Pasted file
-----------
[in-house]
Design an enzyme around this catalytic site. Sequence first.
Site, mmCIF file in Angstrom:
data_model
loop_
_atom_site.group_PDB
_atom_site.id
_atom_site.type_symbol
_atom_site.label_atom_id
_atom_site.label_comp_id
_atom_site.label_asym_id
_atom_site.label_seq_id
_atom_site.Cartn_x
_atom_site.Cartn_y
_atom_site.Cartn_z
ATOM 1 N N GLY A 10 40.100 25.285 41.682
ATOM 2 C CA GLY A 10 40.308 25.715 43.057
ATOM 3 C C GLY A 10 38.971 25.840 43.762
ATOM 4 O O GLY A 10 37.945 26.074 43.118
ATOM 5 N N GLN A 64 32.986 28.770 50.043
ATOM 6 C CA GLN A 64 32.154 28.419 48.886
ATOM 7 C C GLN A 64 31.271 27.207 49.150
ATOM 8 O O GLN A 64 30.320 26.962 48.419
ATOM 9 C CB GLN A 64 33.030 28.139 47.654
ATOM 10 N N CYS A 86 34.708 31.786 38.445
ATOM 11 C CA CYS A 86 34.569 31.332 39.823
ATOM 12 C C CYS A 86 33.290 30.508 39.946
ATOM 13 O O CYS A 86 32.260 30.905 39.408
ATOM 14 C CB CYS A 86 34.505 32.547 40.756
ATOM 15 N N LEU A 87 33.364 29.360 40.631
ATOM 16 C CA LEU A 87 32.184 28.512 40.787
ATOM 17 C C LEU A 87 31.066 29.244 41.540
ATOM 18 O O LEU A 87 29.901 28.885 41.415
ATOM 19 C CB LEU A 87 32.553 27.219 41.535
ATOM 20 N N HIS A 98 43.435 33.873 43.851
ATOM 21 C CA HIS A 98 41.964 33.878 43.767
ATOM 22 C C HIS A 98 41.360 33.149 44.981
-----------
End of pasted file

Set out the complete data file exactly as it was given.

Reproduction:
[in-house]
Design an enzyme around this catalytic site. Sequence first.
Site, mmCIF file in Angstrom:
data_model
loop_
_atom_site.group_PDB
_atom_site.id
_atom_site.type_symbol
_atom_site.label_atom_id
_atom_site.label_comp_id
_atom_site.label_asym_id
_atom_site.label_seq_id
_atom_site.Cartn_x
_atom_site.Cartn_y
_atom_site.Cartn_z
ATOM 1 N N GLY A 10 40.100 25.285 41.682
ATOM 2 C CA GLY A 10 40.308 25.715 43.057
ATOM 3 C C GLY A 10 38.971 25.840 43.762
ATOM 4 O O GLY A 10 37.945 26.074 43.118
ATOM 5 N N GLN A 64 32.986 28.770 50.043
ATOM 6 C CA GLN A 64 32.154 28.419 48.886
ATOM 7 C C GLN A 64 31.271 27.207 49.150
ATOM 8 O O GLN A 64 30.320 26.962 48.419
ATOM 9 C CB GLN A 64 33.030 28.139 47.654
ATOM 10 N N CYS A 86 34.708 31.786 38.445
ATOM 11 C CA CYS A 86 34.569 31.332 39.823
ATOM 12 C C CYS A 86 33.290 30.508 39.946
ATOM 13 O O CYS A 86 32.260 30.905 39.408
ATOM 14 C CB CYS A 86 34.505 32.547 40.756
ATOM 15 N N LEU A 87 33.364 29.360 40.631
ATOM 16 C CA LEU A 87 32.184 28.512 40.787
ATOM 17 C C LEU A 87 31.066 29.244 41.540
ATOM 18 O O LEU A 87 29.901 28.885 41.415
ATOM 19 C CB LEU A 87 32.553 27.219 41.535
ATOM 20 N N HIS A 98 43.435 33.873 43.851
ATOM 21 C CA HIS A 98 41.964 33.878 43.767
ATOM 22 C C HIS A 98 41.360 33.149 44.981